We’ve all seen the debates extolling the virtues of the home and the office as a place of work.
Whilst there are undeniable benefits of both, the fact is that most people are seeking something in the middle, which is changing the make up of the total workforce.
Many workers are embracing the newfound flexibility to pursue roles and experience across a much wider range. Conversely, companies themselves get to benefit from that decentralized pool of talent. In the UK, there are currently 2.2 million freelancers, according to IPSE, and workers in the technology sector account for 39% of that. The question for business leaders is not if they should begin benefitting from external workers, but how exactly can they maximize the value these workers bring?
Don’t just look for talent within your four walls
Bringing in contingent workers is not just about tapping into a wider network; it is proven to be a boon to both recovery and growth – something that is top of mind for businesses determined to lift themselves from the quagmire of Covid disruption. Now that the value of digital platforms has been realized and people are unburdened by travelling to offices, there is no need to stick to what you know in terms of personnel.
A key precedent for the rise of the freelance or contracted workforce was in the aftermath of the 2008 financial crisis, where the UK saw a record 12% rise in self-employment
Executives already recognize the ways in which integrating workers from outside the business can positively impact performance. Our recent research with Oxford Economics revealed that 64% of executives believe the external workforce helps to boost agility and 62% say that this part of the workforce helps to provide extra capacity to help manage peaks in demand. More intriguing is that more than half of the respondents (54%) attest to these workers saving them from dips in performance.
Making the right first impression
The real challenge, but also an opportunity for HR professionals, is nurturing and overseeing this external talent as a key element of total talent management. Because of the aforementioned demand for freelance support, they can afford to be discerning when it comes to where they work and where they choose to work again in future. The onboarding process and how companies immerse their contingent workers in the processes and policies they’ll be adhering to on a daily basis is a real cornerstone of successfully deploying them. All HR executives should be asking themselves, Are our procedures intuitive? Does our workforce feel equipped to begin performing? Are we being transparent on how they will be managed?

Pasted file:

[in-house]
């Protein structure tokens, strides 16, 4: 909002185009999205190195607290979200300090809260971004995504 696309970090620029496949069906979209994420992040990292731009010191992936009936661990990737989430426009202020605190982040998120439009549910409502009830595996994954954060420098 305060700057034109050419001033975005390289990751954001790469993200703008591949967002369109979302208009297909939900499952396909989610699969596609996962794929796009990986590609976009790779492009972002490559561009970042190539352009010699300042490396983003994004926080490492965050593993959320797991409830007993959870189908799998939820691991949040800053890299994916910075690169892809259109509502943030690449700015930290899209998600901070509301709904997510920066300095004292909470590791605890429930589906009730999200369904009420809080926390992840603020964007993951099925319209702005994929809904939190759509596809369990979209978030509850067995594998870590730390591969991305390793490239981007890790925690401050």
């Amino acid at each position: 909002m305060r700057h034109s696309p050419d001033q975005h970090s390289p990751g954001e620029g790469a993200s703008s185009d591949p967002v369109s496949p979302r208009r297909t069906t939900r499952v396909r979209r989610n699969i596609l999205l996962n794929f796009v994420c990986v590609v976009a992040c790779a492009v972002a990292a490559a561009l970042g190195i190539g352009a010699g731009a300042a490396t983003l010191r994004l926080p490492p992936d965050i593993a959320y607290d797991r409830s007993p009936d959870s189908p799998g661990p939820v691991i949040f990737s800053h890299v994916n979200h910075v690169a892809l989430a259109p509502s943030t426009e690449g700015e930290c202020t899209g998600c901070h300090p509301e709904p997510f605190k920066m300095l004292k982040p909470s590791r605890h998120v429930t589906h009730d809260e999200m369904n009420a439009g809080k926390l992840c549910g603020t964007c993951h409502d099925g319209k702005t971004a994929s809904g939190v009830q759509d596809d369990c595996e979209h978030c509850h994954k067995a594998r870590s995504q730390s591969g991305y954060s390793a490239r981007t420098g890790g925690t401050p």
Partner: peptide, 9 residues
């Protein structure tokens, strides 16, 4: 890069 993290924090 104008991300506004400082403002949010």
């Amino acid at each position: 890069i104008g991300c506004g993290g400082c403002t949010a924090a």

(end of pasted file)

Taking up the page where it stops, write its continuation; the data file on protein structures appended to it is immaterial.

Conversely, it is also very important to manage risk from the businesses side as well. Executives need oversight of projects and workloads for external workers, and an awareness of any potential breaches of compliance and policy. It is not unheard of for data management issues, improper spending and other deviations of policy to take place when contingent workers are less embedded in the company they’re contracted to. Tackling these issues is difficult if you’re relying on manual tools to recruit and onboard external workers. It’s concerning, then, that our research shows that over a third (37%) of executives indicated that most or all of their processes are still manual.
A solution that benefits workers and HR teams alike lie in the latest wave of contingent management software. With technology being so influential in the remote and hybrid working model we are now exploring, it seems obvious that technology should be at the heart of our solution for managing the total workforce.
What can software do for you?
Contingent management software, like SAP’s Fieldglass, is the latest generation of tools that offer the adaptability of cloud-based onboarding, training and management. Management can receive real-time insights into spend allocation and project performance, key metrics for realizing cost savings and of course delivering to the highest standard. We’ve talked about the globalized talent network that hybrid working has unveiled, now with contingent management software, you can adapt with features like a market-rate card, which can precisely track contingent workforce pricing across suppliers and locations.
The core component of these types of solutions is the ability to integrate robust data insights into your management strategy. Having access to this data enables precise evaluation of worker performance metrics. This empowers HR practitioners to evaluate external talent for future engagement and provide detailed feedback which will help those same external workers to develop and improve productivity. This is backed up by our research which found that 81% of executives say that digital transformation of their procurement function helped improve performance management.
Finally, the potential of these solutions to bring process efficiencies is significant, simplifying hiring and onboarding to require the minimum paperwork, attracting talent via a streamlined onboarding process and reducing the potential logistical difficulties of manual processes.
Delivering on the huge potential of the external workforce can become a reality by implementing the proper mindset and tools to go with it. Flexibility from both sides, employer and worker, to balance this new remote working world is of course still required, but I look forward to seeing how the hybrid world of work develops and opens up possibilities for workers everywhere.